All Blacks inflict second-heaviest ever defeat on Samoa to send stark warning to British and Irish Lions

Joe Hall
Follow Joe
Sonny Bill Williams New Zealand All Blacks
Sonny Bill Williams congratulates Julian Savea, scorer of two tries in the rout (Source: Getty)

All Blacks coach Steve Hansen reminded British and Irish Lions boss Warren Gatland that the clock is ticking ahead of their two sides' first meeting in Auckland next Saturday.

After watching his side blitz 12 unanswered tries past Samoa in their final warm-up game before the Lions series begins, Hansen warned his fellow countryman that he was running out of time to nail down his tactics and selection.

The All Blacks ran riot against Samoa, scoring 12 tries to inflict upon the Pacific Islanders the second heaviest defeat in their history.

Gatland's Lions have the opportunity to face a similar warning shot back at their future opponents when they take on a strong Maori All Blacks team in Rotorua on Saturday.

Read more: Even if they are thrashed by the Maori All Blacks, criticism of the Lions is unwarranted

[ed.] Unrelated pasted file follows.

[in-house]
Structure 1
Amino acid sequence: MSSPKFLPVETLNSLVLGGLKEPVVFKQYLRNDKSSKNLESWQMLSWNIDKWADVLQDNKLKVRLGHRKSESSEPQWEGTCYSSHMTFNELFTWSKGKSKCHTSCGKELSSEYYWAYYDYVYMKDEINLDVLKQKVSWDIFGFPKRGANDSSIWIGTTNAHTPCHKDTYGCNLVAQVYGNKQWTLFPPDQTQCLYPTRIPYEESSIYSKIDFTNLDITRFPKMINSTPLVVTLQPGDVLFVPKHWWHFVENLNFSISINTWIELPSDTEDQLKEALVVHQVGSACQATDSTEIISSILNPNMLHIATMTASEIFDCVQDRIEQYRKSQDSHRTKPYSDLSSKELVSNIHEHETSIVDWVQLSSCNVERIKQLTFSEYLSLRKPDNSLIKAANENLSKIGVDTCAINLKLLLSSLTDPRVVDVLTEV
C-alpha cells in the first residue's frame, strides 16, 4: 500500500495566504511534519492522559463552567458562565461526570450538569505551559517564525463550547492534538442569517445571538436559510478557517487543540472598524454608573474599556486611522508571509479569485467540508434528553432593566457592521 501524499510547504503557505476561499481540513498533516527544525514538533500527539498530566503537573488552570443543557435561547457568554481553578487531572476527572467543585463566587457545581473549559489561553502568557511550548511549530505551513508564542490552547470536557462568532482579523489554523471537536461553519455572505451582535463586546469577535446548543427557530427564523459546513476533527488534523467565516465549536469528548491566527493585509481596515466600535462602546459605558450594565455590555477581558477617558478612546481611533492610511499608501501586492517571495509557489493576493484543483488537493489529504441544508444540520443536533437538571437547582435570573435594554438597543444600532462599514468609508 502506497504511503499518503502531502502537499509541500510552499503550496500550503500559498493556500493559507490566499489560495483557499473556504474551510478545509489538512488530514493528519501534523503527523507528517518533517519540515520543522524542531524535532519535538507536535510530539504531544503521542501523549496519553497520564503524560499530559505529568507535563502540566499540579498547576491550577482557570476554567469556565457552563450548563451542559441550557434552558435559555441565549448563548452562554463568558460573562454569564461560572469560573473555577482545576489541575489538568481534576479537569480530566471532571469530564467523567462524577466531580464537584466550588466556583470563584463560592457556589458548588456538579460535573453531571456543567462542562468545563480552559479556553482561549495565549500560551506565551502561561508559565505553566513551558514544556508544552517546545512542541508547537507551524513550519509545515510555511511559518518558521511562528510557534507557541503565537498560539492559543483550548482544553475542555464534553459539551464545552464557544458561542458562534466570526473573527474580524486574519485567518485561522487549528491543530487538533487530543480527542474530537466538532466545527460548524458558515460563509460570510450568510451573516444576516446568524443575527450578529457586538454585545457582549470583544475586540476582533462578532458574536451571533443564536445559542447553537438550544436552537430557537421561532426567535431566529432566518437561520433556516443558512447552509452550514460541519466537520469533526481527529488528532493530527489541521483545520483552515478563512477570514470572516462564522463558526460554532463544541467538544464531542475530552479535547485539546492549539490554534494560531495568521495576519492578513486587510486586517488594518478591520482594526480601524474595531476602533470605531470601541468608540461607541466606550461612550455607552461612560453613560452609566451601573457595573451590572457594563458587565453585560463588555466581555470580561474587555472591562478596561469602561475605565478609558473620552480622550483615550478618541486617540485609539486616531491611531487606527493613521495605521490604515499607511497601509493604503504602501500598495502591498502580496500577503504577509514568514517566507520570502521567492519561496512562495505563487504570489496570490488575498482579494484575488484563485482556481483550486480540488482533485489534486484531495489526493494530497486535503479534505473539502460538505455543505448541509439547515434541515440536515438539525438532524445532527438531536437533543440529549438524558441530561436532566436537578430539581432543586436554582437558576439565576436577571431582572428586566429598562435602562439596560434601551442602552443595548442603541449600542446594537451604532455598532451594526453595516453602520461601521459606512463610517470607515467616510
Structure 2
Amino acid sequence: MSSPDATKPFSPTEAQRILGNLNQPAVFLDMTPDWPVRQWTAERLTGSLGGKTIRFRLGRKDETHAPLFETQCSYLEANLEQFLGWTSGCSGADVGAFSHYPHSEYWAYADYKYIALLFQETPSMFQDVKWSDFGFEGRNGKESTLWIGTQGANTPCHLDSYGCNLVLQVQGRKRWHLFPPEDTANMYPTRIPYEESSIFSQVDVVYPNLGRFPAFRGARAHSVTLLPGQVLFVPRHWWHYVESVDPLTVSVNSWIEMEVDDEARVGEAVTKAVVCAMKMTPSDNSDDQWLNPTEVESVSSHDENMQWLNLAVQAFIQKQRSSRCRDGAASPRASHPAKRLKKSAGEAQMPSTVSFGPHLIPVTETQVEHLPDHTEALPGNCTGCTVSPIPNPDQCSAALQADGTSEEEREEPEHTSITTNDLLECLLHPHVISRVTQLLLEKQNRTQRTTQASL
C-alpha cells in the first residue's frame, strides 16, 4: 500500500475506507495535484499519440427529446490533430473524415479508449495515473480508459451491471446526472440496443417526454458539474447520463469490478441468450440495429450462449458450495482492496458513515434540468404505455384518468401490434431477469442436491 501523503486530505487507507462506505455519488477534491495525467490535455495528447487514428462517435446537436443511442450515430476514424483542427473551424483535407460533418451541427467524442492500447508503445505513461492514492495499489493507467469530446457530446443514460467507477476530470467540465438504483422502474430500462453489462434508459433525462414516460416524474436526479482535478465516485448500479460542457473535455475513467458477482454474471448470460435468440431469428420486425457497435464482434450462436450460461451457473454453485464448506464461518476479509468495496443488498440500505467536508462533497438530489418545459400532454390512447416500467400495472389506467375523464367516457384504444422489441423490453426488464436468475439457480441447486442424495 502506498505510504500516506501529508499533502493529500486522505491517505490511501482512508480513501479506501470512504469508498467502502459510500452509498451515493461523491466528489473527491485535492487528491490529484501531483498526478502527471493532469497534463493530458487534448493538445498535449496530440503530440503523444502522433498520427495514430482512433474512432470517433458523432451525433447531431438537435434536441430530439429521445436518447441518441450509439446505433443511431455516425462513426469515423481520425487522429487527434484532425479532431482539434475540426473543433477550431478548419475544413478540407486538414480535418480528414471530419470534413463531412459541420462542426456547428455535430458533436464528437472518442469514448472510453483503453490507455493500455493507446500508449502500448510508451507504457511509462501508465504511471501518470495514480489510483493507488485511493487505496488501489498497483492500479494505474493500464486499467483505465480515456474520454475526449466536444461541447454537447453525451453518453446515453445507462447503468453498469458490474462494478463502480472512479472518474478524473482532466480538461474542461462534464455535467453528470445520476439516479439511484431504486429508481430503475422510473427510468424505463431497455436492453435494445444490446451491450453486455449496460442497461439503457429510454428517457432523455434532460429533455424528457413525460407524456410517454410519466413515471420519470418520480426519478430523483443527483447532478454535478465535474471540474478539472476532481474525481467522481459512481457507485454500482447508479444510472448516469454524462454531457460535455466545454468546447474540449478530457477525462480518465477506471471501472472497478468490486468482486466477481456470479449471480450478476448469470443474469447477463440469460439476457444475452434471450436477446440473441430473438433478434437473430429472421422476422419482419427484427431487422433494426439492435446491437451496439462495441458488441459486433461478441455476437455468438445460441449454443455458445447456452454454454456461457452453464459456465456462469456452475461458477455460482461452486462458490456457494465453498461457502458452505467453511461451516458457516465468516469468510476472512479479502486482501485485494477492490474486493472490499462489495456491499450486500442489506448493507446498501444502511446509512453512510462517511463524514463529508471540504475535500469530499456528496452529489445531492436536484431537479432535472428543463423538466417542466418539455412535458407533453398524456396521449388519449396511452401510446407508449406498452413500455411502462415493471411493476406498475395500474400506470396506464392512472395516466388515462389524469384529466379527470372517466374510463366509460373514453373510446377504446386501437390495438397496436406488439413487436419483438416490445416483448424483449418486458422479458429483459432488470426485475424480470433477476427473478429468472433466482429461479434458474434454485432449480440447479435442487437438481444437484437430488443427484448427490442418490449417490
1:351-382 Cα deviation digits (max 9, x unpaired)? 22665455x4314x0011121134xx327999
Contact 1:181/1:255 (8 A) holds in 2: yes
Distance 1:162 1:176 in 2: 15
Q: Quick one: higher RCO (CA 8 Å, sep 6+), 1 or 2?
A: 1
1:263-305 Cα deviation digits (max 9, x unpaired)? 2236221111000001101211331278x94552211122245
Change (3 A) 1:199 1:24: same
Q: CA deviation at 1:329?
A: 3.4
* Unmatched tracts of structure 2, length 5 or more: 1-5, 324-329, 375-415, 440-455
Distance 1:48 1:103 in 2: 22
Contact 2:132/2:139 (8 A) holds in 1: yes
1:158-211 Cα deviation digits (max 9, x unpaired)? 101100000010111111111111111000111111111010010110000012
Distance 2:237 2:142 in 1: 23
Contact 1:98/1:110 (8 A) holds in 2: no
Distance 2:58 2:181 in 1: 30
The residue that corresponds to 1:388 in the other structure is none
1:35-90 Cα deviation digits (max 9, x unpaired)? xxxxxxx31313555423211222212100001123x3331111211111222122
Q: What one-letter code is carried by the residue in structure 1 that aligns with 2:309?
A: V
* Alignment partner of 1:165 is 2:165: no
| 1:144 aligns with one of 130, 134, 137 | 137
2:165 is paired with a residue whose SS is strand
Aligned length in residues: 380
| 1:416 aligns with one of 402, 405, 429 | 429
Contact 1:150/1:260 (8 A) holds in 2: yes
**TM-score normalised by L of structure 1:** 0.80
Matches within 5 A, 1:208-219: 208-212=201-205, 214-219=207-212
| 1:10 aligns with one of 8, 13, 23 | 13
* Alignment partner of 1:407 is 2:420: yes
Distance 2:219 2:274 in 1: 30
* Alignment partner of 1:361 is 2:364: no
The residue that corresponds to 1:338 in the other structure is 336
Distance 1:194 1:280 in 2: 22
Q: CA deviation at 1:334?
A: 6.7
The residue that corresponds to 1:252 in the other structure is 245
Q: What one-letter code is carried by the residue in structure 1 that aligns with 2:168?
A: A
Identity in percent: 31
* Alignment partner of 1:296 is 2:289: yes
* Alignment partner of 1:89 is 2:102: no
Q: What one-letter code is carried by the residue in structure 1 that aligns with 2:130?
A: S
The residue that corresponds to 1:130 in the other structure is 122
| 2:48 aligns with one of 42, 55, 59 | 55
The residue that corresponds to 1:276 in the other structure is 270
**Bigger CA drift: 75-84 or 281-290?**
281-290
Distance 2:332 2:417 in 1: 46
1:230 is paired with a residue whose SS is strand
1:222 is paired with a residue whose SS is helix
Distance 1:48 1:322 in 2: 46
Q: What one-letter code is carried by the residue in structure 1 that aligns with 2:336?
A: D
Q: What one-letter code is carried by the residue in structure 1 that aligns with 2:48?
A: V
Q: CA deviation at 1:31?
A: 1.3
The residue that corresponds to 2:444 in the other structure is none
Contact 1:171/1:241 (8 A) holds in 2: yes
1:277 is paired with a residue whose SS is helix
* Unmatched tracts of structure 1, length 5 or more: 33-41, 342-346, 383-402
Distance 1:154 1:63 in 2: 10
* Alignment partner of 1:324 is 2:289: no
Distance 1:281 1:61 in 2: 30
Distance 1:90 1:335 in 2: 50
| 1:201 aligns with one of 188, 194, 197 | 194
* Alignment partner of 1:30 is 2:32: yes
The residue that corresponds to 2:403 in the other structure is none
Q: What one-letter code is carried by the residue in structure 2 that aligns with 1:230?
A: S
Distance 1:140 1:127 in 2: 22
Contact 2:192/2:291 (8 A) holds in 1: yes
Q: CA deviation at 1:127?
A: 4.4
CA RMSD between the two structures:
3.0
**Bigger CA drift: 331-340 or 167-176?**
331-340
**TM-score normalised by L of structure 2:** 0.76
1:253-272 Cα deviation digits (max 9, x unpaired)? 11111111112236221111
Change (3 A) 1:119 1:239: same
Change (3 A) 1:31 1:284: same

"Do I expect them to do something different tomorrow? We'll see," said Hansen.

"He keeps telling us he's got something up his sleeve other than his arms. We'll wait to see, but he's starting to run out of time."

A tour to New Zealand always provides a stern examination for any rugby team, yet the sheer scale of the task facing the British and Irish Lions this year was made unnervingly clear by New Zealand's destruction of Samoa.

New Zealand v Samoa
(Source: Getty)

The reigning world champions scored 15 more points and seven more tries in the single match than the Lions have managed from their entire tour so far.

From their four games against the NZ Provinicial Barbarians, the Blues, the Crusaders and the Highlanders, Warren Gatland's Lions have scored 63 points and notched five tries.

Samoa, who are ranked above Six Nations side Italy by World Rugby, have only once before suffered as damaging a loss — a 101-14 defeat in 2008 to New Zealand.

Read more: How the All Blacks win - New Zealand Rugby chief Steve Tew on how the World Cup champions sustain a winning culture

Despite this being their first international Test match for nearly six months, the All Blacks machine appeared greased at the wheels and ready for action as soon as centre Anton Lienert-Brown collected from fly-half Beauden Barrett to open the scoring after 20 minutes.

In what was a glittering team performance, Barrett shone particularly brightly by pulling the strings and scoring two tries of his own.

Star names Julian Savea, Sonny Bill Williams and Israel Dagg all touched down but perhaps even more foreboding for Gatland's team was the strength in depth Hansen demonstrated he had on his bench.

Every player got a run out yet it didn't appear to disturb the fluency of the men in black who scored 50 points in the second half alone.

Related articles